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Majestic Gold (CVE:MJS) Has A Pretty Healthy Balance Sheet

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David Iben put it well when he said, 'Volatility is not a risk we care about. What we care about is avoiding the permanent loss of capital.' When we think about how risky a company is, we always like to look at its use of debt, since debt overload can lead to ruin. As with many other companies Majestic Gold Corp. (CVE:MJS) makes use of debt. But should shareholders be worried about its use of debt?

When Is Debt A Problem?

Debt assists a business until the business has trouble paying it off, either with new capital or with free cash flow. Ultimately, if the company can't fulfill its legal obligations to repay debt, shareholders could walk away with nothing. However, a more usual (but still expensive) situation is where a company must dilute shareholders at a cheap share price simply to get debt under control. Of course, debt can be an important tool in businesses, particularly capital heavy businesses. The first step when considering a company's debt levels is to consider its cash and debt together.

See our latest analysis for Majestic Gold

How Much Debt Does Majestic Gold Carry?

As you can see below, Majestic Gold had US$9.29m of debt at June 2021, down from US$9.92m a year prior. But it also has US$35.3m in cash to offset that, meaning it has US$26.0m net cash.

debt-equity-history-analysis
debt-equity-history-analysis

A Look At Majestic Gold's Liabilities

According to the last reported balance sheet, Majestic Gold had liabilities of US$33.5m due within 12 months, and liabilities of US$4.87m due beyond 12 months. On the other hand, it had cash of US$35.3m and US$12.1k worth of receivables due within a year. So its liabilities outweigh the sum of its cash and (near-term) receivables by US$3.05m.

Of course, Majestic Gold has a market capitalization of US$49.6m, so these liabilities are probably manageable. Having said that, it's clear that we should continue to monitor its balance sheet, lest it change for the worse. While it does have liabilities worth noting, Majestic Gold also has more cash than debt, so we're pretty confident it can manage its debt safely.

On top of that, Majestic Gold grew its EBIT by 64% over the last twelve months, and that growth will make it easier to handle its debt. When analysing debt levels, the balance sheet is the obvious place to start. But you can't view debt in total isolation; since Majestic Gold will need earnings to service that debt. So when considering debt, it's definitely worth looking at the earnings trend. Click here for an interactive snapshot.

But our final consideration is also important, because a company cannot pay debt with paper profits; it needs cold hard cash. Majestic Gold may have net cash on the balance sheet, but it is still interesting to look at how well the business converts its earnings before interest and tax (EBIT) to free cash flow, because that will influence both its need for, and its capacity to manage debt. In the last three years, Majestic Gold's free cash flow amounted to 43% of its EBIT, less than we'd expect. That's not great, when it comes to paying down debt.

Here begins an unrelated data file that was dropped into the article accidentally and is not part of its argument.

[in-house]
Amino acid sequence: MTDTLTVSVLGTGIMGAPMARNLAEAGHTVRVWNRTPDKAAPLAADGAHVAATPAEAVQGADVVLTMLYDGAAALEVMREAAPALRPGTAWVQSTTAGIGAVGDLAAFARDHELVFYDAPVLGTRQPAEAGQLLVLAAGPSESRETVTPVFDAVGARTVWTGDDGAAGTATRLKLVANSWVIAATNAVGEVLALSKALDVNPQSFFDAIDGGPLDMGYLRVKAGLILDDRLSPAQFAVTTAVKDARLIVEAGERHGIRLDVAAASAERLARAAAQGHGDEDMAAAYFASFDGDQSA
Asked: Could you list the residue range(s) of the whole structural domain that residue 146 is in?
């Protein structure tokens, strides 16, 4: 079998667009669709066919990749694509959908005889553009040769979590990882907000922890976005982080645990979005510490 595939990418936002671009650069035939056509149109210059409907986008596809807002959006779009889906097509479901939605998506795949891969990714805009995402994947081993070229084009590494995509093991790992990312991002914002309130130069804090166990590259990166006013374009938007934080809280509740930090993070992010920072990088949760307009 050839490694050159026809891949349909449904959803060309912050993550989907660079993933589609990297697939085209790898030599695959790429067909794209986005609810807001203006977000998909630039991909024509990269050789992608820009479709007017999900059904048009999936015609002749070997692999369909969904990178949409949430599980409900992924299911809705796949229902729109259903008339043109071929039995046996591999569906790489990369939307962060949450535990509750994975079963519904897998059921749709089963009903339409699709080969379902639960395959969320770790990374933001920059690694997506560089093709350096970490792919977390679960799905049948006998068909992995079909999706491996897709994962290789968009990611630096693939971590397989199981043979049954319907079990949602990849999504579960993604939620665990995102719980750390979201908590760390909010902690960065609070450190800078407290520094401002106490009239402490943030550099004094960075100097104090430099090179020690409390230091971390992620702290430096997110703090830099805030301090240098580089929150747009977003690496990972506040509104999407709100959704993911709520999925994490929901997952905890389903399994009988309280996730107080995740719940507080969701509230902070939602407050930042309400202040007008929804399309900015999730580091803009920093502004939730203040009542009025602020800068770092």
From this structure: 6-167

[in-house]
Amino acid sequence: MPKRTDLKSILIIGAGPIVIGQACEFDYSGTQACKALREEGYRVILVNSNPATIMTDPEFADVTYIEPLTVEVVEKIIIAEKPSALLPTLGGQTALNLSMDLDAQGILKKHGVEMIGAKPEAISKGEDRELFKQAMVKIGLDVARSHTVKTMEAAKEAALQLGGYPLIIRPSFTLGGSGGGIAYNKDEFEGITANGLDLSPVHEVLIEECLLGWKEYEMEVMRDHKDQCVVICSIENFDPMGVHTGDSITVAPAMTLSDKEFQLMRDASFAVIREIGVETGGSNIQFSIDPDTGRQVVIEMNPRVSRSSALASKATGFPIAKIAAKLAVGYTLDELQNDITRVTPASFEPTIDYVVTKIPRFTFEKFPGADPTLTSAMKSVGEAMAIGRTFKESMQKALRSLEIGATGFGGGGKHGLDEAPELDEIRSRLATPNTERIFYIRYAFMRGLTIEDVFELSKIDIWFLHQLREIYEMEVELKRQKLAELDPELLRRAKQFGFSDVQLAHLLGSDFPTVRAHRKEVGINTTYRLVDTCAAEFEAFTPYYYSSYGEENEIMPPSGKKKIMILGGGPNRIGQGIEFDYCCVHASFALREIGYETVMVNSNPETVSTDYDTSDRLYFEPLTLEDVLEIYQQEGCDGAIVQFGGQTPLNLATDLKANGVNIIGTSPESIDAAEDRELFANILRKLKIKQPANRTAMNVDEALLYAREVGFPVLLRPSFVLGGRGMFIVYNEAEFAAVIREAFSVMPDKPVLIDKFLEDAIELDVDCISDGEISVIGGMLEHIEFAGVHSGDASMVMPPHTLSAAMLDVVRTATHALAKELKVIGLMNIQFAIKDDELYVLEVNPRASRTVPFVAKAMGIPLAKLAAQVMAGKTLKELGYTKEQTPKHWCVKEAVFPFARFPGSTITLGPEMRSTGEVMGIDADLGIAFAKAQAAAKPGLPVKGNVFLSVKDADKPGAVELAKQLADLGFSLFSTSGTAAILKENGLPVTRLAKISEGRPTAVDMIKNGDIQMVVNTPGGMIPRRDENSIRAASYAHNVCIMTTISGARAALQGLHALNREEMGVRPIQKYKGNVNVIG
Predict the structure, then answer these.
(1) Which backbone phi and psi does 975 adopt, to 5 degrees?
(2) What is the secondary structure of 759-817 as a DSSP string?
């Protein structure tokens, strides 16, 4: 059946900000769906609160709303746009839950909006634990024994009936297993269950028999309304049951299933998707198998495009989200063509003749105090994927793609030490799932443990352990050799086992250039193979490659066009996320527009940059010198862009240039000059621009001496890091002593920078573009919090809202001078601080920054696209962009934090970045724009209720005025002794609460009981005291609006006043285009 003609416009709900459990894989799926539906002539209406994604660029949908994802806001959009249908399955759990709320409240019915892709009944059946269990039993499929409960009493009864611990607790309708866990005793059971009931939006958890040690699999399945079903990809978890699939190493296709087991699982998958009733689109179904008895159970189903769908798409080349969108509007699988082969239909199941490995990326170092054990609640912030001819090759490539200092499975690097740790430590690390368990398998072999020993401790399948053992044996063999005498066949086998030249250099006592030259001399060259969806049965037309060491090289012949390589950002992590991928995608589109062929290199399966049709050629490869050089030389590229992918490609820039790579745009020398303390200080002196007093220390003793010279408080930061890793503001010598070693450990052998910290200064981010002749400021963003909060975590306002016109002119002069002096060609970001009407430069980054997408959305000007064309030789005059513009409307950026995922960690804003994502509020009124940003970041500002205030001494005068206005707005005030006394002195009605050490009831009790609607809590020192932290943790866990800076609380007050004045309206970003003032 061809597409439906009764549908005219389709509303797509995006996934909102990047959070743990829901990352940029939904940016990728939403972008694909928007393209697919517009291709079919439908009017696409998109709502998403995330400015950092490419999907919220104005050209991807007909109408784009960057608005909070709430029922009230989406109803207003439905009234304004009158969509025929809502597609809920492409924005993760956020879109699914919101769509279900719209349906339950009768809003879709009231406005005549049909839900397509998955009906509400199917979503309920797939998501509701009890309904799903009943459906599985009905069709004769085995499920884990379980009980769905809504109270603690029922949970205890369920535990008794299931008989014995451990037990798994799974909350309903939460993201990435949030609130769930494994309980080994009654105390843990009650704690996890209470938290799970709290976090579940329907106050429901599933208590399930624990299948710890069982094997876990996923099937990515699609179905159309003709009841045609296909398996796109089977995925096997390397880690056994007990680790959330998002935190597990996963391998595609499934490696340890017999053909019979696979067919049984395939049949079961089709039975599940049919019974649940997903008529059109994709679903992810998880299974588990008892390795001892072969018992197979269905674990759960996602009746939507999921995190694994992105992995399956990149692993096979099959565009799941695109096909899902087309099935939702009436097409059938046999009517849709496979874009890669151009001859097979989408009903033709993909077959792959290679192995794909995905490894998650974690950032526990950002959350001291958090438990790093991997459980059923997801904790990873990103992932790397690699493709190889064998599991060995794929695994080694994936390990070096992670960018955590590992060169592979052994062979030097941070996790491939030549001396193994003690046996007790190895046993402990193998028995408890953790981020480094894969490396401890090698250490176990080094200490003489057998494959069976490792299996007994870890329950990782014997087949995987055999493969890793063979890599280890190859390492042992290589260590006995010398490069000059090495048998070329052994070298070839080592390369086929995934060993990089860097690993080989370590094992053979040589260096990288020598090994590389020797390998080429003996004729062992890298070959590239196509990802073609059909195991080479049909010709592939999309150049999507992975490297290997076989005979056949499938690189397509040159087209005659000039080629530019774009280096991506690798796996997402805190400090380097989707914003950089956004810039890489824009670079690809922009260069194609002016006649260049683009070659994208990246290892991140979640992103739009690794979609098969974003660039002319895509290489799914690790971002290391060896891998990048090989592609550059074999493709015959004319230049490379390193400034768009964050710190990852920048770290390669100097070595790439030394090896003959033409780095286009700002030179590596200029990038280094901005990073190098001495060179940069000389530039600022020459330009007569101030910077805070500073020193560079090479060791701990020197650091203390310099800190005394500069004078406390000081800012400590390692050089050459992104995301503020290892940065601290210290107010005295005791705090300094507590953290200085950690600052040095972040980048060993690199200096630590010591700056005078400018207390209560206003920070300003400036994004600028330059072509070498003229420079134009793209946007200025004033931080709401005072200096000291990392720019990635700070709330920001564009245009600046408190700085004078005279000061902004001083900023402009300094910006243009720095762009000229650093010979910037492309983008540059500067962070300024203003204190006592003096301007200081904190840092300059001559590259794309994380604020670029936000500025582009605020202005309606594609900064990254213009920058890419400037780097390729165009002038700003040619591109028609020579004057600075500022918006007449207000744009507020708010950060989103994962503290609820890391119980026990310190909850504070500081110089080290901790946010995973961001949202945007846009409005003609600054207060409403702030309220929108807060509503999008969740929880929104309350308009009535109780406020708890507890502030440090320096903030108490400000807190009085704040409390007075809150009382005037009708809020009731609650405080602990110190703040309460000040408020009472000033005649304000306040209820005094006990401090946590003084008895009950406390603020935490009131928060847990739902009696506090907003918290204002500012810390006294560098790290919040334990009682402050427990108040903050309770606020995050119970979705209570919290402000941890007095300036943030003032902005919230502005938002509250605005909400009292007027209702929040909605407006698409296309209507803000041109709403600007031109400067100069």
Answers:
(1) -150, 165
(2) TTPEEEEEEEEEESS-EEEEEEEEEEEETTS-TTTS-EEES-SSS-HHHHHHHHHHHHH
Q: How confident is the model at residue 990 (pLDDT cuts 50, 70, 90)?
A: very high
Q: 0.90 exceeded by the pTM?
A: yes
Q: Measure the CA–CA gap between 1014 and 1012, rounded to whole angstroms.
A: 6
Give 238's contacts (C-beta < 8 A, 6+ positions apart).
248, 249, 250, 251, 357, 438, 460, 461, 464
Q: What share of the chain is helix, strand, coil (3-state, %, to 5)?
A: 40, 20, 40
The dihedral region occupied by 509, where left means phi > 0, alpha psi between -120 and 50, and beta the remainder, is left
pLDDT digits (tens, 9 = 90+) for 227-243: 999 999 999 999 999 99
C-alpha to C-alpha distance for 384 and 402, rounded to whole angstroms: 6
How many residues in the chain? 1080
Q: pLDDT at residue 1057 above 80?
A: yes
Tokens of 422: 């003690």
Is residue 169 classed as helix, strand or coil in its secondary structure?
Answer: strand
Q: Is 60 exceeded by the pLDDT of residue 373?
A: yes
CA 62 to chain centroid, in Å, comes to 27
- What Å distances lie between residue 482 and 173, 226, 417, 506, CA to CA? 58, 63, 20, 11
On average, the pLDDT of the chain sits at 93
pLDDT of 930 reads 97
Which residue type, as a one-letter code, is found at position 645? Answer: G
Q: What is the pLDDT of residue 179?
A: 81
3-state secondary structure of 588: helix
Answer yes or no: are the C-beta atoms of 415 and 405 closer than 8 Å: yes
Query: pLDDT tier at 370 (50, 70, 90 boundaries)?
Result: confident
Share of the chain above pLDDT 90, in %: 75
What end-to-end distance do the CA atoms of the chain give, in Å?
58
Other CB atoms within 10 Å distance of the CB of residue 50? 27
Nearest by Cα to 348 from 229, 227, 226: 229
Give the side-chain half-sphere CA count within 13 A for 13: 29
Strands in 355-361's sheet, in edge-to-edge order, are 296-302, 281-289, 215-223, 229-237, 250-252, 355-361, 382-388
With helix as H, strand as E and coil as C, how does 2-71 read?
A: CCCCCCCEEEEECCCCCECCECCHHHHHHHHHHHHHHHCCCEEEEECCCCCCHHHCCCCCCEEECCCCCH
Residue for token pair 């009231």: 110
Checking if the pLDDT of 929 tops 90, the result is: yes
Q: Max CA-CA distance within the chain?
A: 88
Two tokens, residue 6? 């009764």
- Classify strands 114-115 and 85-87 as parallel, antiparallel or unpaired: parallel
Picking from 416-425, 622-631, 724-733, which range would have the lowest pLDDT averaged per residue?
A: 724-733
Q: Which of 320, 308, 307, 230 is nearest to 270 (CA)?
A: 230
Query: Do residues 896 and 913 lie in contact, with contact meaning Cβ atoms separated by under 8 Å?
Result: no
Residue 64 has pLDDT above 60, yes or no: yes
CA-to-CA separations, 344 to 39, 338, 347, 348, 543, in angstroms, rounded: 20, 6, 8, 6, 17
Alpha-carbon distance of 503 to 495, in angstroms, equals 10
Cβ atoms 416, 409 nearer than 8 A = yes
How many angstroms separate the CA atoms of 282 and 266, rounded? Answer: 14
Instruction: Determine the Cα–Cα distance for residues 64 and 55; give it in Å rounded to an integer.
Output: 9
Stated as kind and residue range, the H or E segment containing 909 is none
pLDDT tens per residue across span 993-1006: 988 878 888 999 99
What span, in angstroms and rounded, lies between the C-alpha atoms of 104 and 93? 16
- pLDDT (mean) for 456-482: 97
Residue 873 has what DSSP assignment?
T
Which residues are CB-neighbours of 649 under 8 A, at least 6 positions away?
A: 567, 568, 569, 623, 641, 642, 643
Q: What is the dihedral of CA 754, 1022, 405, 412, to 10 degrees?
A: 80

Summing up

We could understand if investors are concerned about Majestic Gold's liabilities, but we can be reassured by the fact it has has net cash of US$26.0m. And it impressed us with its EBIT growth of 64% over the last year. So is Majestic Gold's debt a risk? It doesn't seem so to us. There's no doubt that we learn most about debt from the balance sheet. However, not all investment risk resides within the balance sheet - far from it. Case in point: We've spotted 1 warning sign for Majestic Gold you should be aware of.

When all is said and done, sometimes its easier to focus on companies that don't even need debt. Readers can access a list of growth stocks with zero net debt 100% free, right now.

This article by Simply Wall St is general in nature. We provide commentary based on historical data and analyst forecasts only using an unbiased methodology and our articles are not intended to be financial advice. It does not constitute a recommendation to buy or sell any stock, and does not take account of your objectives, or your financial situation. We aim to bring you long-term focused analysis driven by fundamental data. Note that our analysis may not factor in the latest price-sensitive company announcements or qualitative material. Simply Wall St has no position in any stocks mentioned.

Have feedback on this article? Concerned about the content? Get in touch with us directly. Alternatively, email editorial-team (at) simplywallst.com.

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